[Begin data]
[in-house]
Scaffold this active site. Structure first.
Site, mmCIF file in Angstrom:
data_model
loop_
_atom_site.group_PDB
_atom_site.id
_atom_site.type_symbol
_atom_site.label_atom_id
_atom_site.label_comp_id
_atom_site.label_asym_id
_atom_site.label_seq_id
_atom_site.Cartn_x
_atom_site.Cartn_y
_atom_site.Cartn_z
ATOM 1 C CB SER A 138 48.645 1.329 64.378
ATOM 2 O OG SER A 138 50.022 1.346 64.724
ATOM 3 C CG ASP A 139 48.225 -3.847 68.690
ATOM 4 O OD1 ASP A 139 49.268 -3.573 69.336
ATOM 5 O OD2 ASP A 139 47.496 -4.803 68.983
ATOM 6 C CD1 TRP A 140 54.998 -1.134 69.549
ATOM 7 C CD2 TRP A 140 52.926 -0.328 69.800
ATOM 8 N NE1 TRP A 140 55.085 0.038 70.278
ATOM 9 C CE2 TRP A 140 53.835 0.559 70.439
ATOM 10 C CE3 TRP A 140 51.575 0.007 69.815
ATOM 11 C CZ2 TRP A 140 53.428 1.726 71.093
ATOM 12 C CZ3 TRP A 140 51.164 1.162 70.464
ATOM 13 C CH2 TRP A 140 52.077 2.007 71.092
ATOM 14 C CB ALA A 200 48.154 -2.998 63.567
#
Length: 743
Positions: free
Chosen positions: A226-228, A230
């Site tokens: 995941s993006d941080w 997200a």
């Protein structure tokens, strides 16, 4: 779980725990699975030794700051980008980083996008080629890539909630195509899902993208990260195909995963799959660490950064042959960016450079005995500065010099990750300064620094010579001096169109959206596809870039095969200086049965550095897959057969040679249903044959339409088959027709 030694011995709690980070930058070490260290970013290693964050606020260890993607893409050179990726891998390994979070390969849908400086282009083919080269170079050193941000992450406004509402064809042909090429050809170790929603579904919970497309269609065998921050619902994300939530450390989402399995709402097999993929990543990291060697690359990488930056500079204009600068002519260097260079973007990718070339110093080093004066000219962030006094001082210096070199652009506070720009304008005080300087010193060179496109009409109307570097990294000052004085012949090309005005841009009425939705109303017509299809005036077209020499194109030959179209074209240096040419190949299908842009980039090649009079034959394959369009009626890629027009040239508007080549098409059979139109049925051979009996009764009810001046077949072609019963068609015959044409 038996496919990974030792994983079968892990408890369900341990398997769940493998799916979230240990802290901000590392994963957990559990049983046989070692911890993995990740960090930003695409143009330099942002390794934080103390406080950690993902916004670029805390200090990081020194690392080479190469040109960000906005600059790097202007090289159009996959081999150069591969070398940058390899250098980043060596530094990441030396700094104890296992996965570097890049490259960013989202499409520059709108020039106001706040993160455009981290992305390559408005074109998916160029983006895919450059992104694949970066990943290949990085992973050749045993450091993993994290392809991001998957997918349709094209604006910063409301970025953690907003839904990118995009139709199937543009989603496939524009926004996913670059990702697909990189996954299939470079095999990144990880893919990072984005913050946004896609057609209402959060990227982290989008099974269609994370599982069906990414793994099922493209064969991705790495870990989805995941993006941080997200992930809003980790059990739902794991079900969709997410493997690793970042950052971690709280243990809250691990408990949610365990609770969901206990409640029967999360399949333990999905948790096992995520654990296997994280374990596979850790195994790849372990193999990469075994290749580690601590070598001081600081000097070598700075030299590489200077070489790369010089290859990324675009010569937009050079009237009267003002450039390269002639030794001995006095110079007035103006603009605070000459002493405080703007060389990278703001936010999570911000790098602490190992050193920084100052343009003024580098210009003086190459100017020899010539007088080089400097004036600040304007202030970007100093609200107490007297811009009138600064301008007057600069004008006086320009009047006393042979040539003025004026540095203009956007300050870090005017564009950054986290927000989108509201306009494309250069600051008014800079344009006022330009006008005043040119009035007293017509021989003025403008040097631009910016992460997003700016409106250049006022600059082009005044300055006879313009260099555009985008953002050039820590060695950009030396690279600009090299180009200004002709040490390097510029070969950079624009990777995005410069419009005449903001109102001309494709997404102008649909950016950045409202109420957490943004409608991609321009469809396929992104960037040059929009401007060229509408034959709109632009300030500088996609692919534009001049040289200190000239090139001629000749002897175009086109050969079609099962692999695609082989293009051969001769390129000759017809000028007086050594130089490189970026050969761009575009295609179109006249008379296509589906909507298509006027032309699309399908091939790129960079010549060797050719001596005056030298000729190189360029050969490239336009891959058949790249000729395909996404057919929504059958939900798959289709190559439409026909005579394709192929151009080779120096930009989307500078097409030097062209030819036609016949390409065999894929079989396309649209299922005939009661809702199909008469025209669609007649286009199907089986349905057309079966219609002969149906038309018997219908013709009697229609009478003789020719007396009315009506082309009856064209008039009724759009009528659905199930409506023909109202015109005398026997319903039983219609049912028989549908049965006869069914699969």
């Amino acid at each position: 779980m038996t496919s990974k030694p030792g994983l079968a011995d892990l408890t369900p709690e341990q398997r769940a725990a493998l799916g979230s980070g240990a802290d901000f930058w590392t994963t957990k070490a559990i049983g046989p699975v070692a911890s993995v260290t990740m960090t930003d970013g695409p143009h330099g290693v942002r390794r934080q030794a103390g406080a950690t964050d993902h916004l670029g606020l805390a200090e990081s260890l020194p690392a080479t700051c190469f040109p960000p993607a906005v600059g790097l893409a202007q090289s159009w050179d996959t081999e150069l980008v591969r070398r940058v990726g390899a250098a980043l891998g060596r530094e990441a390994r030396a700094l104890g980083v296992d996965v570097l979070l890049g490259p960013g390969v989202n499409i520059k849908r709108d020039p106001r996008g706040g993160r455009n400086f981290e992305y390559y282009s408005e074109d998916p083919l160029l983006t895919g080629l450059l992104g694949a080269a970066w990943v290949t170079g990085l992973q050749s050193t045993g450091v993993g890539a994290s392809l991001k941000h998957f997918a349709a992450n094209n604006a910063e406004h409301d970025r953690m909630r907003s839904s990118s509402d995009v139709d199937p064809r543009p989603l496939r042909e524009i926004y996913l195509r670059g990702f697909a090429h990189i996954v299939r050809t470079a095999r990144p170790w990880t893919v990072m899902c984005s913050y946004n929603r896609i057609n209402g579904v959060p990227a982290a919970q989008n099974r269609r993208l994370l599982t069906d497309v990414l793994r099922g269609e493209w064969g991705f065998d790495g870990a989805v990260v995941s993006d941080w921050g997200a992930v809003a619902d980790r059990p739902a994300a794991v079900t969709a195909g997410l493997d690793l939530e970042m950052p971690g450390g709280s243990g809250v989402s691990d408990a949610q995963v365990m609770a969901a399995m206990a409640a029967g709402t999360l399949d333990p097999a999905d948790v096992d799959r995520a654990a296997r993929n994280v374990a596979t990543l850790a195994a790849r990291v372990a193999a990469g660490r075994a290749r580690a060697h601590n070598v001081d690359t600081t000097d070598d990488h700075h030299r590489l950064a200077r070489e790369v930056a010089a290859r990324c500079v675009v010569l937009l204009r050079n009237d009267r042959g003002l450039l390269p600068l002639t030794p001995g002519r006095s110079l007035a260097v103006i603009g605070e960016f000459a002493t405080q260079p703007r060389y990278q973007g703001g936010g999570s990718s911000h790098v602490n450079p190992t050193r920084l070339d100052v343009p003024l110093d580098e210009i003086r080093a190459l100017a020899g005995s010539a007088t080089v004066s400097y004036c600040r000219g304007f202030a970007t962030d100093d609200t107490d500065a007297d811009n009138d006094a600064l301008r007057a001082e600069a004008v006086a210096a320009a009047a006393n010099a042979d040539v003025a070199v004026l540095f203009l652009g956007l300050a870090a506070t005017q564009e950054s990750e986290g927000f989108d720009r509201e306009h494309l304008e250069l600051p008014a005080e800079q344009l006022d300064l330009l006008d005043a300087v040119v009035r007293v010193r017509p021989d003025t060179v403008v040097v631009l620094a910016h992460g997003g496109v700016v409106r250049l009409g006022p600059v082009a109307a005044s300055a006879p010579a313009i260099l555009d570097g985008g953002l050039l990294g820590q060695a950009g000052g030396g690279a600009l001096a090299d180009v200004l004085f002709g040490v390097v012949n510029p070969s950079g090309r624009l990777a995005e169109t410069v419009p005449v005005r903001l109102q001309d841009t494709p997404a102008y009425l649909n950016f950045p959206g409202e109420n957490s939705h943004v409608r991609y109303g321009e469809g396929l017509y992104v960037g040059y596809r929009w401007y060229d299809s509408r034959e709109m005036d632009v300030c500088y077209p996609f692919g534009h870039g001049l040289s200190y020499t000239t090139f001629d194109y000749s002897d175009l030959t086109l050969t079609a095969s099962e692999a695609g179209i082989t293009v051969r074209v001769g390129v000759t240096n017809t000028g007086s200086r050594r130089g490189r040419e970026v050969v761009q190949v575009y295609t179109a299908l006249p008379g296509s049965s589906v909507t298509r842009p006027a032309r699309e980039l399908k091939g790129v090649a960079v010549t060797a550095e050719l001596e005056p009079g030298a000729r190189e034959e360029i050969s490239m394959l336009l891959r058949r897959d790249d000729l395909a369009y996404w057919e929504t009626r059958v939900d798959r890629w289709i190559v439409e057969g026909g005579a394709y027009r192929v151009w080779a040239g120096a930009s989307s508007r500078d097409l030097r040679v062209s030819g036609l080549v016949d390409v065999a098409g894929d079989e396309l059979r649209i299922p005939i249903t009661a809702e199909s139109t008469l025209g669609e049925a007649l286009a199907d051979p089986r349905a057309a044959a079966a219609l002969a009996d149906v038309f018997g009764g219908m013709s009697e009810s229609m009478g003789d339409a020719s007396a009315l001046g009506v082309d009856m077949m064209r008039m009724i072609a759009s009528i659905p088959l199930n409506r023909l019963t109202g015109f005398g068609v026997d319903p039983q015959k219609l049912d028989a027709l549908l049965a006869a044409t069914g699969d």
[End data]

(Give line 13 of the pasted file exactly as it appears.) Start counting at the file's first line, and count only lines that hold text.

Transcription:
_atom_site.Cartn_x